Media, property and alcohol industries may feel the biggest pinch from a 30-day ban on "joyful events" as the county grieves over the death of its ninth monarch.
Thailand has officially entered a one-year mourning period following King Bhumibol Adulyadej's passing on October 13, with a ban on all celebratory behavior, which includes drinking alcohol in public, until mid-November. Bars and clubs have been closed while parties, concerts, festivals and product launches were cancelled or postponed until further notice.
Many television programs—including soap operas, comedy and game shows—have also been taken off air as a sign of respect while the country's notorious red-light districts have also shuttered.
In addition to anticipated profit losses, employers could also face increased employee absenteeism, reduced productivity, and a slower pace of decision-making, advisory firm BowerGroupAsia said in a statement.
Many businesses CNBC spoke to chose not to comment for this article. Any actions perceived to be defaming, violating or insulting the monarchy bear serious punishment, according to Thai lese majeste laws.
Speculation is high that the entertainment freeze could be officially or unofficially extended to three months.
"Companies may choose to suspend entertainment activities for longer, as was the case with the passing of Princess Galyani Vadhana in 2008 when many chose to suspend entertainment activities for 100 days, versus the government's 15 day request," Deutsche Bank analysts pointed out in a report.
In a country where tourism, hospitality and entertainment industries are key contributors to economic growth, a multi-month pause on business activity is significant.
"Given the high seasonal bias in the fourth quarter due to festive season, the impact of the slowdown could be disproportionately higher," Maybank economists warned in a note.
The media industry, including analog and cable television in addition to digital and out-of-home advertising, could emerge as the worst hit.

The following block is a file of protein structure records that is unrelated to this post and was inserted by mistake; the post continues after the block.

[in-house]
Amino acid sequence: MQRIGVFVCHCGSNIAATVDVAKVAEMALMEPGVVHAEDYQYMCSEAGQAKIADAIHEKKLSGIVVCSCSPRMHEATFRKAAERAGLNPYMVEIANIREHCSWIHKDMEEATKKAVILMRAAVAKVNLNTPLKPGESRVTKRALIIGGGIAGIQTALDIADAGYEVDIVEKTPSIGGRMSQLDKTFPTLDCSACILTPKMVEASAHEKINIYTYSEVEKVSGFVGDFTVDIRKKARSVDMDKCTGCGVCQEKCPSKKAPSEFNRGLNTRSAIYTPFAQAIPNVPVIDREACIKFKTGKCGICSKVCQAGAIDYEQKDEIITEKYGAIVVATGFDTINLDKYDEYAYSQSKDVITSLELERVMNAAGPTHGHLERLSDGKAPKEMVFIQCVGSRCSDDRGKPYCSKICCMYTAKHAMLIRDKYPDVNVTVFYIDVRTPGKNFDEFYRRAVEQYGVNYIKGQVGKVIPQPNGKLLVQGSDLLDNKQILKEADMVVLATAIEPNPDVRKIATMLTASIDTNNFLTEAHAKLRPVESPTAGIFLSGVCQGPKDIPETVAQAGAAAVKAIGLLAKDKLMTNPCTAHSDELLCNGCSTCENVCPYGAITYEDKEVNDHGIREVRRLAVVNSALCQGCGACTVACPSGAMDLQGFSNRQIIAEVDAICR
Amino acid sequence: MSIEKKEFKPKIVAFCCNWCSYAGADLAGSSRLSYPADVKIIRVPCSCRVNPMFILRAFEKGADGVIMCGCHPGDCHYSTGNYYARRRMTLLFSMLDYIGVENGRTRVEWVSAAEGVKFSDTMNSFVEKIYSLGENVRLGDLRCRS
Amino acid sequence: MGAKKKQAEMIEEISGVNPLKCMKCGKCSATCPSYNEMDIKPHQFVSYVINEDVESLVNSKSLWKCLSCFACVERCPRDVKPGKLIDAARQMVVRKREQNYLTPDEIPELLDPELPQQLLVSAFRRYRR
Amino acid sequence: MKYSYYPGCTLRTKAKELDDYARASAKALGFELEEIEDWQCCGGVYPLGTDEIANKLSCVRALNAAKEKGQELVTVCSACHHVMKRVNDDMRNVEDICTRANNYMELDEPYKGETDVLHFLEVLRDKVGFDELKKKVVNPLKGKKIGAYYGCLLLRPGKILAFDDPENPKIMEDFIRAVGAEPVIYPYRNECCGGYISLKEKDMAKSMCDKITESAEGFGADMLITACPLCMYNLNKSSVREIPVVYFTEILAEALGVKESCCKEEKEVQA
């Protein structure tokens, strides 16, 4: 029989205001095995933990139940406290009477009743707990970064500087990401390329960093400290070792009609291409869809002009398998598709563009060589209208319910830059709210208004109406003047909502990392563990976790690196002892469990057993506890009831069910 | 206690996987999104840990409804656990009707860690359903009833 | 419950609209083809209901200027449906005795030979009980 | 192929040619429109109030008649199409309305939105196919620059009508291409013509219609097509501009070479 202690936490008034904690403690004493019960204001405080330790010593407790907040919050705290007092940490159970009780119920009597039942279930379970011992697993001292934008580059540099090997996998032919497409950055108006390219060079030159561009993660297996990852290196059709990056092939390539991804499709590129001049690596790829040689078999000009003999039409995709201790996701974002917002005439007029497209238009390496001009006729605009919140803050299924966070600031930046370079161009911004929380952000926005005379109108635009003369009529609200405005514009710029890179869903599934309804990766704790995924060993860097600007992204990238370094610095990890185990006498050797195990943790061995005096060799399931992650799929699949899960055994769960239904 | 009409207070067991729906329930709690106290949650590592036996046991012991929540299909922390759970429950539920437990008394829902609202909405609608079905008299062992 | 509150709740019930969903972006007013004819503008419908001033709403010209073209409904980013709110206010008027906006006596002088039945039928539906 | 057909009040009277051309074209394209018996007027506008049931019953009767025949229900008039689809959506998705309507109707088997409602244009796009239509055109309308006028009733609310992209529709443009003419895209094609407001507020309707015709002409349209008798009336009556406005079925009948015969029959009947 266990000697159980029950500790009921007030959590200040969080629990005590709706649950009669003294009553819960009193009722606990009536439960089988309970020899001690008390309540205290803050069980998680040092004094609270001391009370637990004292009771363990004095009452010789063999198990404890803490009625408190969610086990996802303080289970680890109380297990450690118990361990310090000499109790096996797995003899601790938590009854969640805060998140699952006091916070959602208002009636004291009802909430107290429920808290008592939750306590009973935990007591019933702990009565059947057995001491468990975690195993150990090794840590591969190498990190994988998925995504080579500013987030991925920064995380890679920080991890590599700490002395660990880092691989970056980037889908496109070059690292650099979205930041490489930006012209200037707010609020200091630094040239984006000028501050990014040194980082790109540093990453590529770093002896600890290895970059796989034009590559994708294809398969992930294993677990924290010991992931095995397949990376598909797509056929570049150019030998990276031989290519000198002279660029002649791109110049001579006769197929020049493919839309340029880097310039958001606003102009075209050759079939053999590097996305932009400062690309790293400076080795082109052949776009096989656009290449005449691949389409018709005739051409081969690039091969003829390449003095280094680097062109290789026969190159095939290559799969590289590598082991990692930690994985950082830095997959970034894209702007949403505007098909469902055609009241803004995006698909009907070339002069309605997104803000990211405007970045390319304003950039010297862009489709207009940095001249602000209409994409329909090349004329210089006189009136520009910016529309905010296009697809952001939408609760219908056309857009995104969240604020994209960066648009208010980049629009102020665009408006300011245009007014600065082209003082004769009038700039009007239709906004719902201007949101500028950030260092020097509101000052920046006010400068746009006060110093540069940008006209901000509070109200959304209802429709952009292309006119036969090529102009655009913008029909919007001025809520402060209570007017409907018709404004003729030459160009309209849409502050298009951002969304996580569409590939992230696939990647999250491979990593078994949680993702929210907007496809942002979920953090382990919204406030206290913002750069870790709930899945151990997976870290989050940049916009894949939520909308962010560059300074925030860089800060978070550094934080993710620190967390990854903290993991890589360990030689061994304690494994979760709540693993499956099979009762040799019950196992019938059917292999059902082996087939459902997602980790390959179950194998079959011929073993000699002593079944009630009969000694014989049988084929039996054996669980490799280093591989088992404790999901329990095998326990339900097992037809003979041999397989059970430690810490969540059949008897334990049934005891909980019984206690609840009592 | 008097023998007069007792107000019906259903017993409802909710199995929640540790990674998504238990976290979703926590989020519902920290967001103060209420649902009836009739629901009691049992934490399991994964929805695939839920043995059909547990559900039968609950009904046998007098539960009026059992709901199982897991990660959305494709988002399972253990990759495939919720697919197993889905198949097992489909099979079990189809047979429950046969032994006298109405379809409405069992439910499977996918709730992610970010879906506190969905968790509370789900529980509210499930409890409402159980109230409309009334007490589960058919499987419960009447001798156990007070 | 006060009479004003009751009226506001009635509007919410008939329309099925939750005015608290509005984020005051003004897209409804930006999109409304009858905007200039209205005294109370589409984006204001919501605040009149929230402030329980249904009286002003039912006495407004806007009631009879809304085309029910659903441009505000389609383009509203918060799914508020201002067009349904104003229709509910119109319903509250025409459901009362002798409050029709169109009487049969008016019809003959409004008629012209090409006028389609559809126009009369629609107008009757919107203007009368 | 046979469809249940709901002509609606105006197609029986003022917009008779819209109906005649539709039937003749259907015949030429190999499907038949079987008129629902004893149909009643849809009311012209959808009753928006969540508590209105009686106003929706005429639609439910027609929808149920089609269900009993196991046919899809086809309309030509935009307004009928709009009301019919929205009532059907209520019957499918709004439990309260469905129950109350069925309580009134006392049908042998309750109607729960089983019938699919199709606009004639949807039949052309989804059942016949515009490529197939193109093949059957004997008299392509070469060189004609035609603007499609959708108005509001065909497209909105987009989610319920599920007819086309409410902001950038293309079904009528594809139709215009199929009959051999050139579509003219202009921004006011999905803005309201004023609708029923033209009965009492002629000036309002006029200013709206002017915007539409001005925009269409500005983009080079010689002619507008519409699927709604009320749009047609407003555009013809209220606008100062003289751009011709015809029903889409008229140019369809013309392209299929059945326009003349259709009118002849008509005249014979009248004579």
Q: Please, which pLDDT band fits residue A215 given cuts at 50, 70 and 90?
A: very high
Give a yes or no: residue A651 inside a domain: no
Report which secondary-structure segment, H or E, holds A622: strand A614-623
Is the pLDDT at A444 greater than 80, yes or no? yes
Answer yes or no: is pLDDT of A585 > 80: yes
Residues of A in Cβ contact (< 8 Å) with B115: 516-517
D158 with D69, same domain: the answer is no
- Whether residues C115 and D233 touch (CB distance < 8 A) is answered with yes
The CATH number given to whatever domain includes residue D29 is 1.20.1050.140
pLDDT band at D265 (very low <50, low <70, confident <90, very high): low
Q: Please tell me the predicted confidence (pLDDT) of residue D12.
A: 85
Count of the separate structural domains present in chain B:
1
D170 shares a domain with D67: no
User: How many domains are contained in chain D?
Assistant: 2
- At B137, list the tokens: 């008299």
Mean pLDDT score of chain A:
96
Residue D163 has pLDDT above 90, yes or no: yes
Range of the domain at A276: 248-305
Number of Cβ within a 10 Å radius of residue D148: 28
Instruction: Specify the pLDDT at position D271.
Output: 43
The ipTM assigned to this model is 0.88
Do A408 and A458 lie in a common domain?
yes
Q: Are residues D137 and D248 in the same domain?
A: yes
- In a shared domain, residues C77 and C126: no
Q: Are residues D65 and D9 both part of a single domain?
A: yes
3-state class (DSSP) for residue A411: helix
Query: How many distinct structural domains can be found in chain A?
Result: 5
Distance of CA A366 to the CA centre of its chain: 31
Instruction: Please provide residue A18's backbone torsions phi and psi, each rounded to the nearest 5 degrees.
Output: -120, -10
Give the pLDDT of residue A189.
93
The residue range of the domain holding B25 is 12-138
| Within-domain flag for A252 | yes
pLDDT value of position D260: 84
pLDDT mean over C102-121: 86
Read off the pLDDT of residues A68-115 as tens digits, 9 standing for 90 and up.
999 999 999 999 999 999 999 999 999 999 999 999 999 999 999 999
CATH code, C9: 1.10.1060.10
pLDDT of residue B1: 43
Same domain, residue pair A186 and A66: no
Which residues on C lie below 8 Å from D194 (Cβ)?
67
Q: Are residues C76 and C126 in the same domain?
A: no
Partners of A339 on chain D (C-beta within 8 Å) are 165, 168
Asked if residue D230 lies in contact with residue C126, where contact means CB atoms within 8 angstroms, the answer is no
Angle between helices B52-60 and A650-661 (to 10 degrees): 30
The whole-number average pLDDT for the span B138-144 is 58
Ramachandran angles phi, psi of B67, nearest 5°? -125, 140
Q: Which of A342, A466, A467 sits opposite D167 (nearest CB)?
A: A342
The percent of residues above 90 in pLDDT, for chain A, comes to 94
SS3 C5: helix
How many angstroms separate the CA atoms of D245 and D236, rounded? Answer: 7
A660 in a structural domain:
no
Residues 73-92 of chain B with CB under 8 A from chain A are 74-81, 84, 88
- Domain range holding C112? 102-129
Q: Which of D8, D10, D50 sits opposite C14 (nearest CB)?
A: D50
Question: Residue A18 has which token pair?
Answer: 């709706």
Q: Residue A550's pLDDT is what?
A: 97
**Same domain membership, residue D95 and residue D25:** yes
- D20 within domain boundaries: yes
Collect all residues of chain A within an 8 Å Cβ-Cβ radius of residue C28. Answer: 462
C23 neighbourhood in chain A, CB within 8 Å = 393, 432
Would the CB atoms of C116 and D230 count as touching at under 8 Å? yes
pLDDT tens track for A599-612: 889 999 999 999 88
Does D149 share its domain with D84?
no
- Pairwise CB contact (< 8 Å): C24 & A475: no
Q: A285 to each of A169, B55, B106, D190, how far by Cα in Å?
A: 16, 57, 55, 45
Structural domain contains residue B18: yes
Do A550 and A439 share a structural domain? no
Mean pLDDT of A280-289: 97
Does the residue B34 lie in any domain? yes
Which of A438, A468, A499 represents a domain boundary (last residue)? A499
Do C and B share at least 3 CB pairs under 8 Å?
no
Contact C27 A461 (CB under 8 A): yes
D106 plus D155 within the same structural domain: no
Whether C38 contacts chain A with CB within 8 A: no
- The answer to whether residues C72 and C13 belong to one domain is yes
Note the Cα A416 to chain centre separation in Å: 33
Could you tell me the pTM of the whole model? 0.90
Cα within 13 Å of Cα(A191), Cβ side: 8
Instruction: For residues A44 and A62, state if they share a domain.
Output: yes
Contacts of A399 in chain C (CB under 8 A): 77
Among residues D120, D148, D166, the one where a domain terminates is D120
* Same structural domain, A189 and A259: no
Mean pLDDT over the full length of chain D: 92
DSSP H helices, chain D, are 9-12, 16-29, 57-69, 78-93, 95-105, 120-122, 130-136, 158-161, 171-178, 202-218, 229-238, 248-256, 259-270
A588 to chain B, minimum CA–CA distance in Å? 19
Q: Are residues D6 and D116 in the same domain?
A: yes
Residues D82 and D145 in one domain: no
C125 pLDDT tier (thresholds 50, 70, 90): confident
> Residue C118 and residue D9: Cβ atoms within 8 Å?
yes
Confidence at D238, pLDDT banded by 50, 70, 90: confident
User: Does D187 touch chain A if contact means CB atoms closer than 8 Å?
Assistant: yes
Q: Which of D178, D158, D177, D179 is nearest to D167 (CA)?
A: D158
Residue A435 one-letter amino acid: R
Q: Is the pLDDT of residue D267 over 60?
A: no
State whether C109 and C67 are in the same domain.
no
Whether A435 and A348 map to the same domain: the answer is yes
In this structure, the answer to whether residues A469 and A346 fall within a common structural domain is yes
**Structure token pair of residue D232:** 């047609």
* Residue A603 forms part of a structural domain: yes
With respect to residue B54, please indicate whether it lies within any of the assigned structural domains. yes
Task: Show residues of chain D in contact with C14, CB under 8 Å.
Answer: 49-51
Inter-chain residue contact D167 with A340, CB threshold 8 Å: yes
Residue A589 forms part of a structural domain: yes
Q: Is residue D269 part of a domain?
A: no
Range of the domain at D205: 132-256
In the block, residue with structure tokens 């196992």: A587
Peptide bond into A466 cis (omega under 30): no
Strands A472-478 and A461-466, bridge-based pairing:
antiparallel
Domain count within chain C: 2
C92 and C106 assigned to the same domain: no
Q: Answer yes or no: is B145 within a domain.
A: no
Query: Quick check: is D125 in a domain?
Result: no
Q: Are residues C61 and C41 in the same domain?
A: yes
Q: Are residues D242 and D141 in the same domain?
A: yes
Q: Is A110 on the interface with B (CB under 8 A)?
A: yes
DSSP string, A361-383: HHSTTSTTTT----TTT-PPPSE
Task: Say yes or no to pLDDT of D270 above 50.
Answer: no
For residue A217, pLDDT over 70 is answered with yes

"These entities should see cancellation of contracts as screens are turned monochrome black and white. Programming may have to be altered to suit the mandate of respectful content, which could incur extra costs," Maybank stated.
But the damage shouldn't last too long.
Media firms can expect lower advertising revenue in the near-term but there should be no lasting material change in business fundamentals, according to Credit Suisse. "The situation should normalize from 2017 onwards, in our view," the bank's research analysts said in a note.
Restrictions on sales of alcoholic beverages that were imposed in the immediate days following the King's death could continue, dealing a blow to the food and beverage (F&B) sector.
"Given that food traffic could ebb significantly in bars, pubs, restaurants and other entertainment places, sales volumes for alcoholic drinks should fall," Maybank said.
Real-estate firms meanwhile will experience delayed launches of new residential and commercial projects for the next two months, meaning some developers could miss pre-sales targets, Maybank continued.
"Delaying launches makes sense to us because foot traffic in many commercial complexes is expected to ebb materially. Before this event, we thought that Sep-Dec would be a busy period, with $2.6 billion of projects earmarked for launch. This is no longer the case."
Outside of F&B, overall retail activity is unlikely to be significantly impacted.
"Shopper traffic dropped sharply in the immediate days after the King's passing, but has since picked up. While moods of shoppers are subdued in malls, activity has not dropped to levels where tenants are under duress ... In fact, fashion-based retailers have been seeing exceptionally high demand for black and white clothing, which is being worn during the mourning period," Credit Suisse said.